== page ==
Across three successive strategies (2009, 2011 and 2016) ‘cyber security’ was the umbrella concept for United Kingdom (UK) cyber strategy. Conceptual continuity belied changes in substance, as the state played an increasingly active role, particularly domestically. Cyber security remains a top priority in the UK’s most recent (2022) strategy, but it was superseded as the umbrella concept by ‘cyber power’. We argue that this was a deliberate decision, global in outlook, and with complex and contestable strategic implications. The UK’s concept of ‘responsible, democratic cyber power’ (RDCP) responds to significant changes between 2016 and 2022 in the geopolitics and threat environment affecting (but not confined to) cyberspace. The UK’s new cyber strategy promises to align domestic and international actors under an integrated approach, addressing perceived strategic vulnerabilities and exploiting opportunities to pursue national interests. We investigate RDCP’s conceptual coherence and strategic utility, tracking its emergence as UK strategic discourse shifted from one of cyber security to cyber power. RDCP offers one avenue for states to coordinate cyber strategy, integrating the various components branded under ‘cyber’ as an instrument of national strategy – pursuing security, prosperity, and projection of national values and influence. However, there are different potential interpretations of RDCP and an even greater number of potential ways to implement it. In the UK, as elsewhere, effective cyber power requires prioritization about what a state values, whether in developing a resilient and competitive cyber ecosystem or in meeting the challenges and threats posed by systemic competitors. We conclude by reflecting on what it means to be a ‘medium-sized, responsible and democratic cyber power’ in an era of increasing inter-state competition in cyberspace.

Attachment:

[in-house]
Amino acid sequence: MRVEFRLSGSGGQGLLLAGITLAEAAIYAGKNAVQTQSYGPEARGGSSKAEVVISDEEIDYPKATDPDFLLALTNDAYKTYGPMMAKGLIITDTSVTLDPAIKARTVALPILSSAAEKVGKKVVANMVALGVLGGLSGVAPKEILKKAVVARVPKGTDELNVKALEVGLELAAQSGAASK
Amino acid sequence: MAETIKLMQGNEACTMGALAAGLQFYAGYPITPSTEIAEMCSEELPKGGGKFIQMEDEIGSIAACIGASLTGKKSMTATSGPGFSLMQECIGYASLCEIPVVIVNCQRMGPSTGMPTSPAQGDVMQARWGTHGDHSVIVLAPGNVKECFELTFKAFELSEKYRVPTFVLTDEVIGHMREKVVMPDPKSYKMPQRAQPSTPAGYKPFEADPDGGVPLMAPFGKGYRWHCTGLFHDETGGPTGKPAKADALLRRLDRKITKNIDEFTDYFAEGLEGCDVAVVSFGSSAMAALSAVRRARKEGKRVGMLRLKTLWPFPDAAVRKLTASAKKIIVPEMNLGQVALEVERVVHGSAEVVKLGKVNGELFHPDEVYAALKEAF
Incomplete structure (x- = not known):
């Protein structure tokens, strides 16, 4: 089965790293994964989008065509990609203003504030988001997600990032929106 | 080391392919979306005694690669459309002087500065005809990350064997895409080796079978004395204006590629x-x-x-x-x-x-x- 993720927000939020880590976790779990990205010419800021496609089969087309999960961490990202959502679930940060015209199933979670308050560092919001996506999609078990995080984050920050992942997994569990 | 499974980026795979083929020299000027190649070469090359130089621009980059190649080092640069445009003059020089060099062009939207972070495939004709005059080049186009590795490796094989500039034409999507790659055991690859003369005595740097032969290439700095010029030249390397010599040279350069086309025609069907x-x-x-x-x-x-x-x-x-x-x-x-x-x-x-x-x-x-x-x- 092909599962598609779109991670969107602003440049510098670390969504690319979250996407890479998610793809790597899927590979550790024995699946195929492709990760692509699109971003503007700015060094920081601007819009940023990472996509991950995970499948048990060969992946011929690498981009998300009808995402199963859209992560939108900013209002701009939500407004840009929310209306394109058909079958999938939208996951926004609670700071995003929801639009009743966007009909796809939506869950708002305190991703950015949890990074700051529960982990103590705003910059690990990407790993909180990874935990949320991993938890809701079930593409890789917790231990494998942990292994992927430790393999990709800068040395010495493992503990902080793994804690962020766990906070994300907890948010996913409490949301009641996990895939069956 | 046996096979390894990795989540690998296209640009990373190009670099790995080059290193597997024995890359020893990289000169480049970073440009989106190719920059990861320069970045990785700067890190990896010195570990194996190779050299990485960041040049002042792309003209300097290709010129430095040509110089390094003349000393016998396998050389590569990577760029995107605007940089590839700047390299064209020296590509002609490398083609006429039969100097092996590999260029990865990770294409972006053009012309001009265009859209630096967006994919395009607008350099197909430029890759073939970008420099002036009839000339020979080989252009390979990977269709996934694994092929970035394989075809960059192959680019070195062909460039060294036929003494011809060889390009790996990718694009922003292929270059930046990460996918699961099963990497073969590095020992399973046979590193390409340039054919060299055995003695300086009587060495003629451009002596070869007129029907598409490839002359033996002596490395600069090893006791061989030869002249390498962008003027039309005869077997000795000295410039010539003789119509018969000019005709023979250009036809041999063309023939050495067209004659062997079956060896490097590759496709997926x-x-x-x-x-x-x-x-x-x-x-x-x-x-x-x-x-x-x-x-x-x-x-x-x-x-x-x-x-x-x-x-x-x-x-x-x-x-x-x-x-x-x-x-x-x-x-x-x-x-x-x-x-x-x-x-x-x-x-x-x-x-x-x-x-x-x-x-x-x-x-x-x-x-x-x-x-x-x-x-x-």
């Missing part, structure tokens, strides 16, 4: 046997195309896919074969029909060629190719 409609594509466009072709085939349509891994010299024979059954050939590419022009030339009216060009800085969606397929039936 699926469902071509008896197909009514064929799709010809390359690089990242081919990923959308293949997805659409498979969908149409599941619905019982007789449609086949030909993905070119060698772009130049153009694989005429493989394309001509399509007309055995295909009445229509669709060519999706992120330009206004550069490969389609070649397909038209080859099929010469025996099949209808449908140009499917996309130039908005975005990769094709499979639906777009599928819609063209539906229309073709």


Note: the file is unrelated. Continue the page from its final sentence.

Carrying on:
|International Conference on Cyber Conflict (CyCon)